Urgent search continues for new Ill. city ambulance provider

The hunt for a service was triggered after the Hospital Sisters Health System announced it wants to shutdown the existing service provider


Tony Reid
Herald & Review, Decatur, Ill.

DECATUR, Ill. — The urgent search to find a new provider of ambulance services in Decatur continues, with one application received so far.

A working group spearheading the operation said that is a very early result for a search that's only been going for a week. In a news release Thursday it said "a number of private companies had expressed interest in serving our area."

"It was another productive meeting for the group and we look forward to further discussions with interested ambulance companies," said Deputy Decatur City Manager Jon Kindseth in the release.

"We are all working quickly to encourage as many companies as possible to respond to this invitation to serve as our community's EMS service."

Speaking to the Herald & Review, Kindseth said he expects more applications to provide service will soon follow after firms crunch the numbers. "And the fact that we've already got one application in a little over a week was frankly a bit surprising," he added.

The city, which must license any new provider, is represented on the working group along with Decatur's Fire Department, HSHS St. Mary's Hospital and Decatur Memorial Hospital, Crossing Healthcare and the Central Illinois Regional Dispatch Center.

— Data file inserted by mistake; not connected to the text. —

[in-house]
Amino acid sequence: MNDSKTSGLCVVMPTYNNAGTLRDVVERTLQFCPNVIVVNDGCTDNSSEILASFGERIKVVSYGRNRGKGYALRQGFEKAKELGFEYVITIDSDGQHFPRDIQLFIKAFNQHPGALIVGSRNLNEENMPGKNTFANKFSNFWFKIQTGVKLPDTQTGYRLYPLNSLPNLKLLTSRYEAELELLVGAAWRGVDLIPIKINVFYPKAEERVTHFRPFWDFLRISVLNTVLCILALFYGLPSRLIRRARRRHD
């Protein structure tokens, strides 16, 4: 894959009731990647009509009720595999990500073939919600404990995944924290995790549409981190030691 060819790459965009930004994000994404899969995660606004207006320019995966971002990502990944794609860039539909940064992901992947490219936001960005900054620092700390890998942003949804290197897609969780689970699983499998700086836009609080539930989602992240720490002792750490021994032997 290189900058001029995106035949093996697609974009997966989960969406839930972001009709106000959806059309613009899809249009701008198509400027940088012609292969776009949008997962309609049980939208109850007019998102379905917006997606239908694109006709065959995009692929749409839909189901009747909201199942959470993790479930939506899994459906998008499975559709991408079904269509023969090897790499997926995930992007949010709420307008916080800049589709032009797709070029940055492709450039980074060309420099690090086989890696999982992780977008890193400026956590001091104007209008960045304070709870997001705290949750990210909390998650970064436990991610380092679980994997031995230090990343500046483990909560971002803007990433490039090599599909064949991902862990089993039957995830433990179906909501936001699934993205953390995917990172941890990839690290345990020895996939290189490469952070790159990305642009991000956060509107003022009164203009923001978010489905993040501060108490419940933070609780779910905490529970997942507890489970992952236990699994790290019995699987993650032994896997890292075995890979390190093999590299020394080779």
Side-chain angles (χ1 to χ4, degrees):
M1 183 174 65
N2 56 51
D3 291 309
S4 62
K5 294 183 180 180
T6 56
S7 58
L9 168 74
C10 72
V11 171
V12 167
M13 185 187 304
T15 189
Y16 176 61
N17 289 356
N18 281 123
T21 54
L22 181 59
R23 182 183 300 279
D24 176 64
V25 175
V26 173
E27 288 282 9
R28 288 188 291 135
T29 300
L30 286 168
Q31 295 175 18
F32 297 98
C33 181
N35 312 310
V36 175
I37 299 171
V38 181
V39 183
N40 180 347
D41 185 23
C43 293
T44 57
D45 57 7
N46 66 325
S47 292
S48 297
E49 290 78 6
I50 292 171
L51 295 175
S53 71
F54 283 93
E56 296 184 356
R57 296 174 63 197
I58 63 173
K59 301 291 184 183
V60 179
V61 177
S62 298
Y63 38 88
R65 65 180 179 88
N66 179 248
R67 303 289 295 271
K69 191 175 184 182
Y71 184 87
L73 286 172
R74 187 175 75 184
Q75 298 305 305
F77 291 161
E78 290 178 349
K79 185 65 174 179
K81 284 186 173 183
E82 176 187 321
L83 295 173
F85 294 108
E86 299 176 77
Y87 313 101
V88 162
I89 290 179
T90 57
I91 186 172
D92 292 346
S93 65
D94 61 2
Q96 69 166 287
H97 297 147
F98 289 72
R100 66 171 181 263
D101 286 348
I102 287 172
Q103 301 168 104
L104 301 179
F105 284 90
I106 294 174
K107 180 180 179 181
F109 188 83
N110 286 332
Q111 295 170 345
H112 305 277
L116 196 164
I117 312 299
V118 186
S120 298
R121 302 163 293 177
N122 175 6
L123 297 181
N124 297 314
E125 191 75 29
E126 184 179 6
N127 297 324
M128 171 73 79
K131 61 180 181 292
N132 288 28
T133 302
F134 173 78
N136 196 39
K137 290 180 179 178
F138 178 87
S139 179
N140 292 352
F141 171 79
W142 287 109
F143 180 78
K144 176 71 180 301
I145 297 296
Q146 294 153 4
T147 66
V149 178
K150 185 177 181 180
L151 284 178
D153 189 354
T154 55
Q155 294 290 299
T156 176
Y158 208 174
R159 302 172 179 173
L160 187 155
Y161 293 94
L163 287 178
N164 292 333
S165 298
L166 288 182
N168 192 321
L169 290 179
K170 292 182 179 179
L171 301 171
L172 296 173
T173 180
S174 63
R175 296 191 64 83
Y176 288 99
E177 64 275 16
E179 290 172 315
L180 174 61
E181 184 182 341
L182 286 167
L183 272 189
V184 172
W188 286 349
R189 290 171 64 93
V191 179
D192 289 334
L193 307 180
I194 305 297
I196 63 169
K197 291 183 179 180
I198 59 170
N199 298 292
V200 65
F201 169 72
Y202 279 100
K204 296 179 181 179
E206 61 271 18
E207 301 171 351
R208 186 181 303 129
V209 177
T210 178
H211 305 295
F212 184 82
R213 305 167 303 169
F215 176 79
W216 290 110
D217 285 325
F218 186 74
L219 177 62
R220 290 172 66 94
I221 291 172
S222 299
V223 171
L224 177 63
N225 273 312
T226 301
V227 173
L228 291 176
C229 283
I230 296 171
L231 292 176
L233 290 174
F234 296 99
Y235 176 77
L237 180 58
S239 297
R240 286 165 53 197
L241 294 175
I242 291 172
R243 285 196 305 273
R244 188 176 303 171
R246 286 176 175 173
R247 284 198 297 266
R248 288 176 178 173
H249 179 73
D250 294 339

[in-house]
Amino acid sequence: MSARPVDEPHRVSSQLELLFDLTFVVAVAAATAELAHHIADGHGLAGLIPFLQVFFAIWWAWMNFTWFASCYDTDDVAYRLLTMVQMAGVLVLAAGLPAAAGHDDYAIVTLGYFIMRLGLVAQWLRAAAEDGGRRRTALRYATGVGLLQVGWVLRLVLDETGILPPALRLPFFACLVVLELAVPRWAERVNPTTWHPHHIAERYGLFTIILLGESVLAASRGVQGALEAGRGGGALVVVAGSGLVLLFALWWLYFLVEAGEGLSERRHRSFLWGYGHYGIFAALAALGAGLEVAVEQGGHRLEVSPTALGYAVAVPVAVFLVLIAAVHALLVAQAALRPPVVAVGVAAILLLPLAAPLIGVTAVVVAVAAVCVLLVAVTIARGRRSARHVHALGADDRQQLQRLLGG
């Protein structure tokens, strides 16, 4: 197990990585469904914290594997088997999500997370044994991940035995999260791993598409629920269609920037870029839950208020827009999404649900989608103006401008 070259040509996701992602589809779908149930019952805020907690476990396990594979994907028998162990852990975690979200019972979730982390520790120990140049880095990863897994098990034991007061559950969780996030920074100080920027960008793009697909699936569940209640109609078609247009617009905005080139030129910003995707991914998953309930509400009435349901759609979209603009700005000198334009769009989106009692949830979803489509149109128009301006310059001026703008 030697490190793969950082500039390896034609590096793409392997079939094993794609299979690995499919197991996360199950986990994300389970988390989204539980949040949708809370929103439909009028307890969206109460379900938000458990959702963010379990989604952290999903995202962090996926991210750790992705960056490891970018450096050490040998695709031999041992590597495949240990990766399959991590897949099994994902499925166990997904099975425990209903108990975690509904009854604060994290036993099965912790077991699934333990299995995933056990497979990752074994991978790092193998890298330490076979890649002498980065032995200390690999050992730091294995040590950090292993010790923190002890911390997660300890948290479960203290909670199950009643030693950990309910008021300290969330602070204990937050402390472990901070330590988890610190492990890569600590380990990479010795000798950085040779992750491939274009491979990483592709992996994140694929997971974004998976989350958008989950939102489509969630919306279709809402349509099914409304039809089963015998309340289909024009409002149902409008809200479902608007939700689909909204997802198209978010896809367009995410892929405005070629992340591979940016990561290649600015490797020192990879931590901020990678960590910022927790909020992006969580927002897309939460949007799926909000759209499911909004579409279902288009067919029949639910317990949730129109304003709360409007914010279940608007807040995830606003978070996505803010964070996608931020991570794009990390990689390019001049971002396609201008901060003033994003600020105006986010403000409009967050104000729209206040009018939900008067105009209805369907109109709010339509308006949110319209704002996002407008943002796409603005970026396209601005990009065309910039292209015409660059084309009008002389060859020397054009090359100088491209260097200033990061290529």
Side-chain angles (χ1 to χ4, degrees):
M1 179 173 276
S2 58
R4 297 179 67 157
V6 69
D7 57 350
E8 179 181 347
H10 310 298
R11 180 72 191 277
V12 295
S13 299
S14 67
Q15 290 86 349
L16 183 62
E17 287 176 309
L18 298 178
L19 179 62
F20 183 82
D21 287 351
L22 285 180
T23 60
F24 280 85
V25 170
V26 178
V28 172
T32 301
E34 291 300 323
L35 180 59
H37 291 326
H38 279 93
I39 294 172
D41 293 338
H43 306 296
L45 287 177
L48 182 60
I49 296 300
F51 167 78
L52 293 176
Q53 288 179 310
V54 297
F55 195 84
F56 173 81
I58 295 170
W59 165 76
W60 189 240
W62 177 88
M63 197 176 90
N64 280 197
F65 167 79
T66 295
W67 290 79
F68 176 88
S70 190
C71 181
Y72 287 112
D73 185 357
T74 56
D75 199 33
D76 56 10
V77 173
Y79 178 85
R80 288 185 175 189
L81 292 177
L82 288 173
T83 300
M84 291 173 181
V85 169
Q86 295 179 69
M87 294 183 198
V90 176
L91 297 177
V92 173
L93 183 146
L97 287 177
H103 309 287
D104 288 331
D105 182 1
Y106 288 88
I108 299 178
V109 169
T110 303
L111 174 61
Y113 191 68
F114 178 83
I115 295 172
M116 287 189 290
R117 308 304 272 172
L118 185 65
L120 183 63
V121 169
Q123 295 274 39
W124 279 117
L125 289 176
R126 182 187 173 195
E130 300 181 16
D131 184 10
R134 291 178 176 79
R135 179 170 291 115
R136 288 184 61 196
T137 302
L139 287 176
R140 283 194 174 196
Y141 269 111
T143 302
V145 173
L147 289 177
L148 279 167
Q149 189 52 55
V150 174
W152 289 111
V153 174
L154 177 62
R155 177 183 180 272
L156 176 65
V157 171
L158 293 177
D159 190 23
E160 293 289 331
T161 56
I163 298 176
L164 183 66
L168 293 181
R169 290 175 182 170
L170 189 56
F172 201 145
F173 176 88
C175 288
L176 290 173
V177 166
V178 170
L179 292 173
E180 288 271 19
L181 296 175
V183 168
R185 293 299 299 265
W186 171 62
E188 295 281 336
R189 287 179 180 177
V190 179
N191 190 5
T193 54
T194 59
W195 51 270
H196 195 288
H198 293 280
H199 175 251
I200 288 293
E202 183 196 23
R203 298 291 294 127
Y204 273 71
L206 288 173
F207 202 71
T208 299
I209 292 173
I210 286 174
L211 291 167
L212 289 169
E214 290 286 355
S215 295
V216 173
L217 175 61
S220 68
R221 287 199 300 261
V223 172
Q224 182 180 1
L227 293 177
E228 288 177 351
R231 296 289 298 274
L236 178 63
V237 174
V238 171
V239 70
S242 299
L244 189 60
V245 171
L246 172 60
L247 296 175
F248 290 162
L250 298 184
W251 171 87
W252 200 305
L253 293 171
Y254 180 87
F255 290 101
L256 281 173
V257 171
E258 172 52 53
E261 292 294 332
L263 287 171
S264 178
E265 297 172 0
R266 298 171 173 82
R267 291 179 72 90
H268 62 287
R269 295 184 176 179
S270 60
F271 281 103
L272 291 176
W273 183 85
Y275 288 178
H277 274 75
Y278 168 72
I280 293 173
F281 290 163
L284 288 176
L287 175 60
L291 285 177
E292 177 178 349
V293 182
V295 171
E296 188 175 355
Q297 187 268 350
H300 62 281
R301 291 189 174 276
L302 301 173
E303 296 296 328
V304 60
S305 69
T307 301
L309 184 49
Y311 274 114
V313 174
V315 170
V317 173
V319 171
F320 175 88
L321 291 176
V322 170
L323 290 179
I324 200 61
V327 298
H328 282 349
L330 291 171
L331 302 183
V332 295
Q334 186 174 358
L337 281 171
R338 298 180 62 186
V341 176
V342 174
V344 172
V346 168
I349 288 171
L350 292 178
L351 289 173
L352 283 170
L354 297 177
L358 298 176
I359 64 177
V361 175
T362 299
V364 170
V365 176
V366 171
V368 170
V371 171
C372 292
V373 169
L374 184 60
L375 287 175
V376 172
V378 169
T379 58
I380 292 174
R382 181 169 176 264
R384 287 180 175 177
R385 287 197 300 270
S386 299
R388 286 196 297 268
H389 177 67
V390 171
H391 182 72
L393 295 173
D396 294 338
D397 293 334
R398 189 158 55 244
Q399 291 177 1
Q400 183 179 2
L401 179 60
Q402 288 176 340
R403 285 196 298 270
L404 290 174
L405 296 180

The hunt to find a new ambulance service was triggered after the Hospital Sisters Health System, which owns St. Mary's, announced it wants to shutdown the existing service provider, Decatur Ambulance Service, by Sept. 1.

HSHS cited problems with finding qualified staff and rising costs for its wanting to pull the plug on Decatur Ambulance Service, which has been around since 1959. HSHS took it over in 2018.

HSHS had been vocal in a campaign to fend off a bid in 2018 by Champaign-based Arrow Ambulance to be licensed to provide service in Decatur. When the issue came to a vote in the city council, Arrow fell short by one vote.

Kindseth said the working group aims to "to encourage" all new service applicants to "consider extending employment opportunities to current DAS staff."

And he said the city is not going to limit Decatur's ambulance service to one provider if it can help it. "Some companies have asked about exclusivity and the city has so far said we are not ready to consider exclusivity," Kindseth added.

He said Decatur's situation with finding an ambulance service provider is far from unique as cities all over the country are affected by companies grappling with rising costs of everything from skilled personnel to fuel.

Statistics from 2020 said DAS had a fleet of 19 ambulances and a staff of 50 paramedics and 24 emergency medical technicians.

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(c)2022 the Herald & Review (Decatur, Ill.)

McClatchy-Tribune News Service

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